Recent aid from organizations such as the Kenya Red Cross and UNICEF has provided much-needed relief to her and her fellow residents.

This comes even as the UN estimates that by 2050, climate change will push up to 158 million more women and girls into poverty and lead to 236 million more women into hunger.

“Climate change is creating a downward spiral for women and girls”, said Sarah Hendriks, UN Women Deputy Executive Director in a recent publication.

In the Mount Kenya region, Teresiah Njoki a mother of two, from Thunguma village next to Chania River is camping at Thunguma Primary in Nyeri town constituency.

She says it has been one week since they left their flooded home.

A woman wades through flood waters in Garissa town as heavy rains continue to cause havoc across the country. [AFP]

"We were told to vacate our homes to safer grounds after Chania river burst its banks, and water flooded our homes. However, life is unbearable here, the sanitation is so poor, we are afraid we might contract some waterborne diseases,” she said.

The mother of two said her nine-month-old son had already developed rashes on his body as a result of poor bedding while her five-year-old son is yet to settle.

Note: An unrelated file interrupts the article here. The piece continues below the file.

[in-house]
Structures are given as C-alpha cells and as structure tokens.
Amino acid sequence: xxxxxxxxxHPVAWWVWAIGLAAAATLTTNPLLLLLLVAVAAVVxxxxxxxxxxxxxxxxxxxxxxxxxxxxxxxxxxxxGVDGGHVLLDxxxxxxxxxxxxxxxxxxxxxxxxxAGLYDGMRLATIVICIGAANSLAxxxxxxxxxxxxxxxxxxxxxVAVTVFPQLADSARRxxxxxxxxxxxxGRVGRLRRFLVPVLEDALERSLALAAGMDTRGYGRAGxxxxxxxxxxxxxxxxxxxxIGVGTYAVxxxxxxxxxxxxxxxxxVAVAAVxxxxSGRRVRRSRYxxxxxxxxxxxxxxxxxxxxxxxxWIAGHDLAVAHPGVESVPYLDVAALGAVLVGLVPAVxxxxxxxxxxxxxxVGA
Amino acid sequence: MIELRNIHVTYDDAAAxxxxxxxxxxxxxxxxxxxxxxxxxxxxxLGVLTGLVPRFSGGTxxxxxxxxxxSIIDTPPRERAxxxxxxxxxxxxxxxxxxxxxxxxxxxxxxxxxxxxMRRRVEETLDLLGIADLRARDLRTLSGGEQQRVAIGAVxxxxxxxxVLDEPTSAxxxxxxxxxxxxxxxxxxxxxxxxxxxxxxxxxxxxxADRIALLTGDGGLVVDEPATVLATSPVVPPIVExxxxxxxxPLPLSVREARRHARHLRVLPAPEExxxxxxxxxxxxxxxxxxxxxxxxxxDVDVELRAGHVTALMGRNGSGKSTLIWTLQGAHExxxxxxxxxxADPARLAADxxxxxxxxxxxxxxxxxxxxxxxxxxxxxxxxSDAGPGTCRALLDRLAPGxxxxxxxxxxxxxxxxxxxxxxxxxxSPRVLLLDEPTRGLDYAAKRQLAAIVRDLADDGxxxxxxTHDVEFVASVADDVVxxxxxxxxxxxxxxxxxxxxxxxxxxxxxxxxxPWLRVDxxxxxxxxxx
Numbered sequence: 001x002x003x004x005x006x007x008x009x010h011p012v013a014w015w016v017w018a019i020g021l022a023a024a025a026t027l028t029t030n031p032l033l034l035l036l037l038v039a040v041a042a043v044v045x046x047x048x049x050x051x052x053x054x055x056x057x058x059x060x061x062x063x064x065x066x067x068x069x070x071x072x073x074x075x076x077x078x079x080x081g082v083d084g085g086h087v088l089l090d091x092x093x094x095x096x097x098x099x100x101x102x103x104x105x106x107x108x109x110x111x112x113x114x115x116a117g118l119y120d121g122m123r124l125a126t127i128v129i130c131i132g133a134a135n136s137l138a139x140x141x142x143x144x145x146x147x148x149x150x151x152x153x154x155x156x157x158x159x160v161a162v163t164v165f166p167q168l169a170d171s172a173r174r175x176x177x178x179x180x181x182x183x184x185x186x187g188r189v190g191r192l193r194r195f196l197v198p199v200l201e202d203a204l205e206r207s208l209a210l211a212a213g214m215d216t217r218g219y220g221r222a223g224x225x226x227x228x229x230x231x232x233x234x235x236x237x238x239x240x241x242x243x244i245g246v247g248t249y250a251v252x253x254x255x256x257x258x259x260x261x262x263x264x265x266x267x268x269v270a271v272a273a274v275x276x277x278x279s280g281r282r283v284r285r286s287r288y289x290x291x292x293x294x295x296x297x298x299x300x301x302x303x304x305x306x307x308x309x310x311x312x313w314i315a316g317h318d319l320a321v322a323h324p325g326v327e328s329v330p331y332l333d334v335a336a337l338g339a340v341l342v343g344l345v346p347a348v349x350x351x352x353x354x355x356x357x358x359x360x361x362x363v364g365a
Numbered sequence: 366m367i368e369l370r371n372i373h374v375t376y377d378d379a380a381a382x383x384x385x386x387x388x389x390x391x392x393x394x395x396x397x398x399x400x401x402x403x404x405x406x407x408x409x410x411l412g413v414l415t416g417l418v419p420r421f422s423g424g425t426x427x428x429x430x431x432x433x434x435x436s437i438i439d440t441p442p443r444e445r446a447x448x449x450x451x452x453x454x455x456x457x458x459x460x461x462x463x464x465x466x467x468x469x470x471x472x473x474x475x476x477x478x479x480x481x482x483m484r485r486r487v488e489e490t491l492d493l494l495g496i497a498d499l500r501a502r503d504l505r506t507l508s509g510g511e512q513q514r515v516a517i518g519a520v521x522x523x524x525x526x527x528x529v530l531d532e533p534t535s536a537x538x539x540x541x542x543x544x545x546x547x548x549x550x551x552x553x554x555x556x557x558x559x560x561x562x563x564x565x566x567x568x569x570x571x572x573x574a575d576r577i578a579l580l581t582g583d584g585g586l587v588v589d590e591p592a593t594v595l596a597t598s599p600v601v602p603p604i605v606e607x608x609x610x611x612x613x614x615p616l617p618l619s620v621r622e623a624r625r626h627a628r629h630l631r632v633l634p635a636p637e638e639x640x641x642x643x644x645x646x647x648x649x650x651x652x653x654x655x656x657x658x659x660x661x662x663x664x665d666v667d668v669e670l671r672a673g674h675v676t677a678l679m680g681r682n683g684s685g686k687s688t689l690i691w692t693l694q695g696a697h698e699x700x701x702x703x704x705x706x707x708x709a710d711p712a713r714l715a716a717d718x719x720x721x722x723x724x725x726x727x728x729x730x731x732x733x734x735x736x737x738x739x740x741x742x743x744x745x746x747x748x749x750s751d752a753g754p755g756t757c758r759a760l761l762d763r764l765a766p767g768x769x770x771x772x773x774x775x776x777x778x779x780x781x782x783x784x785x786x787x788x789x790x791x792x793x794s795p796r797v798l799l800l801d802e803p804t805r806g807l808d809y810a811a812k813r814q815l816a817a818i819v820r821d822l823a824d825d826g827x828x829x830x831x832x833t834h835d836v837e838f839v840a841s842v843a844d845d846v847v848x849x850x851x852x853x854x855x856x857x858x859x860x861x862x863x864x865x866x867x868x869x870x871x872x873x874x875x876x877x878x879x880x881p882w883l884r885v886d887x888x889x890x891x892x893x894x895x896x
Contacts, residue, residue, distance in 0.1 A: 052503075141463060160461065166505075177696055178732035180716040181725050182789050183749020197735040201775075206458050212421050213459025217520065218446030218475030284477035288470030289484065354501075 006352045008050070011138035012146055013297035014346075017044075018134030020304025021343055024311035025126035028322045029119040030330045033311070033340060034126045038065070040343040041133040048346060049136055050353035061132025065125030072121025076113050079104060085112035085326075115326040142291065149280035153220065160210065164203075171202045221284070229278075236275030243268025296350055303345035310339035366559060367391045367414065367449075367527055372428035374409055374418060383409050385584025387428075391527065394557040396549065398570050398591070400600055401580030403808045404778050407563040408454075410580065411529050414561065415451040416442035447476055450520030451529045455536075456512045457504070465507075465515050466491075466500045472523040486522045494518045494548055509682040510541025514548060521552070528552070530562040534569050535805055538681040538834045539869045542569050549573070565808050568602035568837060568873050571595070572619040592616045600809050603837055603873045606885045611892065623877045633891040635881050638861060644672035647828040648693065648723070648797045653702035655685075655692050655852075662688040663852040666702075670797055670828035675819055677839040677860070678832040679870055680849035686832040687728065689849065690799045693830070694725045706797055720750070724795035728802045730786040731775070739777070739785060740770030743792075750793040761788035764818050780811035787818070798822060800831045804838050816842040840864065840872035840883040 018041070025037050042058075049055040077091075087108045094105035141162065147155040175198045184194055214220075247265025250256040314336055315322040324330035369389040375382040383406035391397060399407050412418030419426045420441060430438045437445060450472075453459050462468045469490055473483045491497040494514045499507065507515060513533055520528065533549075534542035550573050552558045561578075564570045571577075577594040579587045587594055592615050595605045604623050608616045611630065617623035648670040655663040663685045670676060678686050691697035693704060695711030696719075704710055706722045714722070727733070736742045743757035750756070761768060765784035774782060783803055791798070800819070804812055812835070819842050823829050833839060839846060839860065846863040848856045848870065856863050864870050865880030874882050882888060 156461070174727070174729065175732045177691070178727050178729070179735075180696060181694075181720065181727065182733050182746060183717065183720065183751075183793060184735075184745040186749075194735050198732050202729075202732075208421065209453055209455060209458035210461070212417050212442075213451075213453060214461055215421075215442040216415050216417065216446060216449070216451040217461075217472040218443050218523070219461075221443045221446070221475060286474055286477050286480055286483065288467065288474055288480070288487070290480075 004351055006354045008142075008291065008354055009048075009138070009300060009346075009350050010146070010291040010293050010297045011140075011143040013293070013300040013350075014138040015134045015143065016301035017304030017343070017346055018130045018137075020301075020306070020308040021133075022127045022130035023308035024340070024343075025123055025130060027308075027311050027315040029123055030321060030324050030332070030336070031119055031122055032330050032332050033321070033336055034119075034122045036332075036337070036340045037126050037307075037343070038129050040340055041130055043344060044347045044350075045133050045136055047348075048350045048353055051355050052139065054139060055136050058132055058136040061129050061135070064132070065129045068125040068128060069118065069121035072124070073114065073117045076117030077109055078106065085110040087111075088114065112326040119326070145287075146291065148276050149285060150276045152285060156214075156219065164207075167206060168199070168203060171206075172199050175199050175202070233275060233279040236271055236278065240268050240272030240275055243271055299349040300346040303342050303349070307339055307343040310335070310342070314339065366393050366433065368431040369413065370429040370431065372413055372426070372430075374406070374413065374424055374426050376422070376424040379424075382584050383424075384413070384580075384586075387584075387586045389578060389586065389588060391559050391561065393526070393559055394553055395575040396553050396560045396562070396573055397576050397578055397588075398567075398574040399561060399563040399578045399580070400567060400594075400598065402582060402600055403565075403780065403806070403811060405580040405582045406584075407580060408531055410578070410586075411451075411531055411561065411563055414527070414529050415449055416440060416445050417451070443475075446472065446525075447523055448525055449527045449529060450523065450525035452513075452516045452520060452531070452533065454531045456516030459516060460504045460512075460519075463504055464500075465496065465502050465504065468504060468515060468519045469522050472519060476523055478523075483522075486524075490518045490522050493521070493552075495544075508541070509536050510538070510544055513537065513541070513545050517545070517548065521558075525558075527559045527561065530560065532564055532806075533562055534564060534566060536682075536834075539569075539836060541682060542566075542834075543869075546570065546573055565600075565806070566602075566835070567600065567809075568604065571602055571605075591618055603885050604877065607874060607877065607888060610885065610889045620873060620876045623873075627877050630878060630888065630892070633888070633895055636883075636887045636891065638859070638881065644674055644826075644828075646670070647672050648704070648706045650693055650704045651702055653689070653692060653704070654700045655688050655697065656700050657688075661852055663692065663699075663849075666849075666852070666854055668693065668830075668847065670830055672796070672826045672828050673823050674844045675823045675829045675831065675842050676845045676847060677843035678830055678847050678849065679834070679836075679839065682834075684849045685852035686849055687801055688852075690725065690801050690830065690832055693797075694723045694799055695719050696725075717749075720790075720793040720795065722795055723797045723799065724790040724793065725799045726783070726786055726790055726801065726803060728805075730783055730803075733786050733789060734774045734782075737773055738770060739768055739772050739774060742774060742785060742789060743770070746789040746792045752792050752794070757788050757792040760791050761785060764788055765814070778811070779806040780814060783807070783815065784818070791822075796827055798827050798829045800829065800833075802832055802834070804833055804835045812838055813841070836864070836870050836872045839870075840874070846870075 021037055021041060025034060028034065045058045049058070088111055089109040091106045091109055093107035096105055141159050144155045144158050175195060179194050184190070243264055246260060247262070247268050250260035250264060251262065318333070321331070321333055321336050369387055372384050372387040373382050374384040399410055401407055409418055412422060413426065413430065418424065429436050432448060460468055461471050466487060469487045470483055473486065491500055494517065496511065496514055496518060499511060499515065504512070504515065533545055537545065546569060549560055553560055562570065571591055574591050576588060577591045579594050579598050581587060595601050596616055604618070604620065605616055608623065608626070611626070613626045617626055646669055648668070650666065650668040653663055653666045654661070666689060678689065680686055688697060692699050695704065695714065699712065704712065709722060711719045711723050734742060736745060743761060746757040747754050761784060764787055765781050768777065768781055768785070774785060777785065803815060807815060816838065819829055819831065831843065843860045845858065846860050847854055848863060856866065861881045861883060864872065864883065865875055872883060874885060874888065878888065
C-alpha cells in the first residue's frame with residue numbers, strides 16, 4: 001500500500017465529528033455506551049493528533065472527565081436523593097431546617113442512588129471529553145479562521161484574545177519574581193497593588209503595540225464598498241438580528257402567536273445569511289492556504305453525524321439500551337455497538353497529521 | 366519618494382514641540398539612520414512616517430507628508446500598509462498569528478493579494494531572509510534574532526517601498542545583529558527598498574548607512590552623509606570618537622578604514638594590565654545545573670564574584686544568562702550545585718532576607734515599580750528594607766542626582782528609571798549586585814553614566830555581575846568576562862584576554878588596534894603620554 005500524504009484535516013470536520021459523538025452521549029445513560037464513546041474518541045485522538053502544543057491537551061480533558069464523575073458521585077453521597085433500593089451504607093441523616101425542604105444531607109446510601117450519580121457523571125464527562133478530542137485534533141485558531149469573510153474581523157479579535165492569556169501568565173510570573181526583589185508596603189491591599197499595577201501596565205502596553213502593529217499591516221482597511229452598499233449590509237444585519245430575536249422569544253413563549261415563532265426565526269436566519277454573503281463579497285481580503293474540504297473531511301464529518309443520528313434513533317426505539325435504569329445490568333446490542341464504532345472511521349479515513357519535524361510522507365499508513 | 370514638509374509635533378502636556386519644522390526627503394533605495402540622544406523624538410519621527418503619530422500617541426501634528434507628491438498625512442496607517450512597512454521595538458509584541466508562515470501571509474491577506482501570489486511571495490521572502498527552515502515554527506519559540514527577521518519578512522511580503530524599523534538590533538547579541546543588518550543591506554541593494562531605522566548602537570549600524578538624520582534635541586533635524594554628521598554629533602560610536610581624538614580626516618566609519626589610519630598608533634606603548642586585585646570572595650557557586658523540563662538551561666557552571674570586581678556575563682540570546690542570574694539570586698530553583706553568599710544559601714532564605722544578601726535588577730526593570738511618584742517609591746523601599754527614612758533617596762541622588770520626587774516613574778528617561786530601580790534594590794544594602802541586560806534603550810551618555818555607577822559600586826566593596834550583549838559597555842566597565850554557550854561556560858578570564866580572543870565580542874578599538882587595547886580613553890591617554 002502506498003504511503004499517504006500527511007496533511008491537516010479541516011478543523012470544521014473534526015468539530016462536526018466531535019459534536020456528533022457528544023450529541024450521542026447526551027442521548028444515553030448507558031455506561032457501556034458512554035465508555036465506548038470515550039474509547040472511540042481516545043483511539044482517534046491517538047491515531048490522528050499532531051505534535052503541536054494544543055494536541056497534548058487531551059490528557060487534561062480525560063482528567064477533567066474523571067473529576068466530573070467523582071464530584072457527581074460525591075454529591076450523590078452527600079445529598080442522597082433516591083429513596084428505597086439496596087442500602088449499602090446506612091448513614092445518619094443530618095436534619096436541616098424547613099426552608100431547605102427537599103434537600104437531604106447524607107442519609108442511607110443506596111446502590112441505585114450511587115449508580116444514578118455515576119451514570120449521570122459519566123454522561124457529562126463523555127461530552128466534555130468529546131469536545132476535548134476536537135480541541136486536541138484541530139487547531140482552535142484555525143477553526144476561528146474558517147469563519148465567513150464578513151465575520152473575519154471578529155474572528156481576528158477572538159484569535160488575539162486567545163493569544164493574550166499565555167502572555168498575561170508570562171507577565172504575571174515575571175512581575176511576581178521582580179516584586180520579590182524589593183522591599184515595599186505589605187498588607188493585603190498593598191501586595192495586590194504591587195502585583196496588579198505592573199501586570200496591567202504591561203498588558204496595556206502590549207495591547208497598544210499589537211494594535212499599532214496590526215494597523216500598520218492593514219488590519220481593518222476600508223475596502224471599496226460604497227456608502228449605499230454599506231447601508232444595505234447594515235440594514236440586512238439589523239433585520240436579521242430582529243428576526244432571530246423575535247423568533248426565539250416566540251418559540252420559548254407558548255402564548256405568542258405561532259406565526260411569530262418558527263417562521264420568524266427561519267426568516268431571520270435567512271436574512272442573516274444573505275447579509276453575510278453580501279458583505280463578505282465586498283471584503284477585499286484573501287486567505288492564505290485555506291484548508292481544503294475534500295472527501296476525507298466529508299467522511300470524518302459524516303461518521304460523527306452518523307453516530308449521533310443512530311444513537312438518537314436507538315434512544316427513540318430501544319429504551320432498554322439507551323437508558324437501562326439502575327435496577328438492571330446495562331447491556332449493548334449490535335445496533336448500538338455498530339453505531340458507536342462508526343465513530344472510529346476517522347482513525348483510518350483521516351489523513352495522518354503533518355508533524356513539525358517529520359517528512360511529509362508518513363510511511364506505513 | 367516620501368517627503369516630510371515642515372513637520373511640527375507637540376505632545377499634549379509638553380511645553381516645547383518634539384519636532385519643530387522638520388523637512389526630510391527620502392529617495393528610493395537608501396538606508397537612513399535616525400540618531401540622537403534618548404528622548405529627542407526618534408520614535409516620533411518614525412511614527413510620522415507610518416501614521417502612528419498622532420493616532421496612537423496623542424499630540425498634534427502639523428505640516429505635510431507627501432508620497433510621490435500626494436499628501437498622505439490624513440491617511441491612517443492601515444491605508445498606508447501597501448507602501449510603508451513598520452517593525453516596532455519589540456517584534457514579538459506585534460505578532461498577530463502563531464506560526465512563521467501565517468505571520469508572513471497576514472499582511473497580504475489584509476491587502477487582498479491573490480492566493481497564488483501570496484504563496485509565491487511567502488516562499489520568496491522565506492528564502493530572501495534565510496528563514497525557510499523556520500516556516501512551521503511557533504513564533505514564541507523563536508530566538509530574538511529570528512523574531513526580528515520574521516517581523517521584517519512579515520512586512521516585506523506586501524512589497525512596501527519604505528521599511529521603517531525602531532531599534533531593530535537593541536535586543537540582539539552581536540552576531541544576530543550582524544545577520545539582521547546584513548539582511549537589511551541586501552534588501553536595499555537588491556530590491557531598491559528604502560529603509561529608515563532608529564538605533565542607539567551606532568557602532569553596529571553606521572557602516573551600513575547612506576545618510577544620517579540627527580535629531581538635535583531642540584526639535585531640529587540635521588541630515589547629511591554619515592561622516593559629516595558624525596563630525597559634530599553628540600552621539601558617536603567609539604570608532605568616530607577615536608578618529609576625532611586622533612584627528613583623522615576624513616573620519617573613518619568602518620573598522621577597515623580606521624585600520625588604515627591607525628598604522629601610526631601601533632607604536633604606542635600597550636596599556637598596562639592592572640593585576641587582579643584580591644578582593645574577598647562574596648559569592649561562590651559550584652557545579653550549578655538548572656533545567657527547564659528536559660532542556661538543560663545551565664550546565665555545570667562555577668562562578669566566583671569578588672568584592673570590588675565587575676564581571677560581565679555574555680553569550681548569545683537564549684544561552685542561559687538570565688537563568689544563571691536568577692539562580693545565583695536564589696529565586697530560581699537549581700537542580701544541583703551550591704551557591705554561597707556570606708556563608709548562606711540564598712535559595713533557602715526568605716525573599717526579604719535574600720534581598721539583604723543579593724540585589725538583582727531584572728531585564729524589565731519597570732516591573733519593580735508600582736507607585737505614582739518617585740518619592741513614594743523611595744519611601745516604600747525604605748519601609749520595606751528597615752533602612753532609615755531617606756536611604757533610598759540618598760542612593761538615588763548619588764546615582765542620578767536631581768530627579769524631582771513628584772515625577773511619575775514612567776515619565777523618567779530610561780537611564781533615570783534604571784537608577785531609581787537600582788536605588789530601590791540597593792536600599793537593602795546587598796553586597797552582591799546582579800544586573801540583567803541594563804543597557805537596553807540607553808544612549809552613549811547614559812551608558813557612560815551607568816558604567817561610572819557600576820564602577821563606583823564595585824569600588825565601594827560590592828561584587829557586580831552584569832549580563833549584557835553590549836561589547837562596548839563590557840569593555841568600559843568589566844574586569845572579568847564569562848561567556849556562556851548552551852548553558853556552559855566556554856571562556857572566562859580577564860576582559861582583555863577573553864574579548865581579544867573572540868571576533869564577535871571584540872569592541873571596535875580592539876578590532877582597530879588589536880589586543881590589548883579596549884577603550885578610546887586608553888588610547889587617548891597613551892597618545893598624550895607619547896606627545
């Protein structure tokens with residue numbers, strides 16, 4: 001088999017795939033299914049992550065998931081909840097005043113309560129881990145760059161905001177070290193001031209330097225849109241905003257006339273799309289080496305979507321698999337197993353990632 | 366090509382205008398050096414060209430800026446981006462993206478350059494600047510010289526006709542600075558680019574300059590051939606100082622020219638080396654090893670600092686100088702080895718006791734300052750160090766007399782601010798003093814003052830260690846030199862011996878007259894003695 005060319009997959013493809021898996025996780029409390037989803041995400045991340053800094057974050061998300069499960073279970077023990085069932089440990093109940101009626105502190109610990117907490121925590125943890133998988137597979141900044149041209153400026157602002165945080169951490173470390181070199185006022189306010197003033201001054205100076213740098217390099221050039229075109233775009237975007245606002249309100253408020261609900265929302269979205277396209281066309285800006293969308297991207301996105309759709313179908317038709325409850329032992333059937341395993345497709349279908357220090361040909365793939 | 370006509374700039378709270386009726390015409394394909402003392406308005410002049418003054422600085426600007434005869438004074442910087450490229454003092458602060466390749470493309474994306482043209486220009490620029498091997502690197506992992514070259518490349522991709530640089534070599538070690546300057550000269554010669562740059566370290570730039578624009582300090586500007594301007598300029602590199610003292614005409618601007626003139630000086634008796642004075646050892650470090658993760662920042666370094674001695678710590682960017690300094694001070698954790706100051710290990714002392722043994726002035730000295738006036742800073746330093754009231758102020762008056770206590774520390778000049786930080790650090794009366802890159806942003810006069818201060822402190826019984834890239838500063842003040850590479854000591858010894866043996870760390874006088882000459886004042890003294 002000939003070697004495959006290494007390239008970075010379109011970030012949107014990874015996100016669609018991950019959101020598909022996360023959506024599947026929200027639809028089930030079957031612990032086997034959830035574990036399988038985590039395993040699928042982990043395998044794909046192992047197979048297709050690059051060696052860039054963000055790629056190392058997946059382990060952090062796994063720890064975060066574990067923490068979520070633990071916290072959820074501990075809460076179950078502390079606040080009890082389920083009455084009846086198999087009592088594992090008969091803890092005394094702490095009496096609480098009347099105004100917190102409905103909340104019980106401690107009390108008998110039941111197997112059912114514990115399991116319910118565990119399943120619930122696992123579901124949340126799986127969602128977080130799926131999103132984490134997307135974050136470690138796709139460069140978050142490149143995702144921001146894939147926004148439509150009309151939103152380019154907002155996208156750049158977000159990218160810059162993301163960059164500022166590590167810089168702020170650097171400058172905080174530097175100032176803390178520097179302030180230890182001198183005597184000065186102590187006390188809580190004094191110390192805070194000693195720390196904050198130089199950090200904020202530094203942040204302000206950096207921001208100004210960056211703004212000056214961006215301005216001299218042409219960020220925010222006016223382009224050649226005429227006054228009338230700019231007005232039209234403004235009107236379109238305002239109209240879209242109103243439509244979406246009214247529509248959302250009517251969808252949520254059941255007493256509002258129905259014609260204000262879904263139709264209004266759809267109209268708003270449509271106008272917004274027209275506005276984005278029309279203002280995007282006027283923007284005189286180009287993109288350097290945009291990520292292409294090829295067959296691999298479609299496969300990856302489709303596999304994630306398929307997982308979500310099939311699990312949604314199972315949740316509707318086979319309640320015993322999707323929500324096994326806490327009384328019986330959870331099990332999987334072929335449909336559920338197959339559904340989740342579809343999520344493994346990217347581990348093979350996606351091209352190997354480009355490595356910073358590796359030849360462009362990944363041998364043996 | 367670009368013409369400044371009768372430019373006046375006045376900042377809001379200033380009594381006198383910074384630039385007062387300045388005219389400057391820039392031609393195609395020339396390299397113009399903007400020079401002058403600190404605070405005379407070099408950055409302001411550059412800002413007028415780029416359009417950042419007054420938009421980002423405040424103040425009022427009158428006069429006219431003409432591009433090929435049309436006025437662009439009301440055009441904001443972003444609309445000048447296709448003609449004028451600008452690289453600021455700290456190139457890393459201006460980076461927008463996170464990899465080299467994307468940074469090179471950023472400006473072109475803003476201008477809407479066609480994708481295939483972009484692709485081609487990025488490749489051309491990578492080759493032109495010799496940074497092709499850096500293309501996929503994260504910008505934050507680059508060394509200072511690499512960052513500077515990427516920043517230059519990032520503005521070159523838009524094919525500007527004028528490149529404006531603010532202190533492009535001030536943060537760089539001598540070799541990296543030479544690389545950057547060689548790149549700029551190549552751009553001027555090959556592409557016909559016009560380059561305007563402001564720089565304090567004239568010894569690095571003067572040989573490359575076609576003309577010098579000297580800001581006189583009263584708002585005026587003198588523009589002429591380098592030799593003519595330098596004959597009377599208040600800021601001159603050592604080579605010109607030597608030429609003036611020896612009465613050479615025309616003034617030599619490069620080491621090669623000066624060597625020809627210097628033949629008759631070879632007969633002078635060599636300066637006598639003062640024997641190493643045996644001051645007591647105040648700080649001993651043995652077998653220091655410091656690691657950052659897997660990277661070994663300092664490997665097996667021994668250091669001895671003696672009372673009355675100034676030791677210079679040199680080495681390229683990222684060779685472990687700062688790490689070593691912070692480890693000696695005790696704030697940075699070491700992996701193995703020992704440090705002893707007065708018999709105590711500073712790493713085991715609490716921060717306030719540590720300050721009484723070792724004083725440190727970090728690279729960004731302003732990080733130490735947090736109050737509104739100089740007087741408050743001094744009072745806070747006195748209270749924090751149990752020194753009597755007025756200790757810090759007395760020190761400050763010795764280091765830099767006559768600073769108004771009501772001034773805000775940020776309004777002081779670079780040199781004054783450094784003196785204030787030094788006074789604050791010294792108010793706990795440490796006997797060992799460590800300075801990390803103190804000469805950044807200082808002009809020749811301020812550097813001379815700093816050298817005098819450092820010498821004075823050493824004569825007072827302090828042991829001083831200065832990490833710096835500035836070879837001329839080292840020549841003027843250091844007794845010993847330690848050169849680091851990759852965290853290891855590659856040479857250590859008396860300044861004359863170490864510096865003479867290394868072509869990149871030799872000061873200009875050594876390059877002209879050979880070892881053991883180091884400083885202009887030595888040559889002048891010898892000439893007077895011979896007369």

Njoki noted that she had a business before the floods where she hawked cooked food within the shops and construction sites to earn her daily bread.

With schools set to open on Monday, May 13, 2024, Njoki and many others camping at the school are wondering how they will be accommodated, while schools are in session.

“The head teacher said that there is an empty class that we can shelter but I prefer to return home and nurse my children from there, this will be too much to bear,” she said.

A spot check within the school compound, where they are sheltered, revealed that the classrooms were dirty.

The primary school holds 21 adults and 23 children including young children.

At Githiru primary school, just a few kilometers away, some 22 families have sought shelter for one week now. The primary school has provided temporary shelter for 42 children and 31 adults.

[Report by Harold Odhiambo, Clinton Ambujo, Michael Mute, Purity Mwangi, and Robert Amalemba]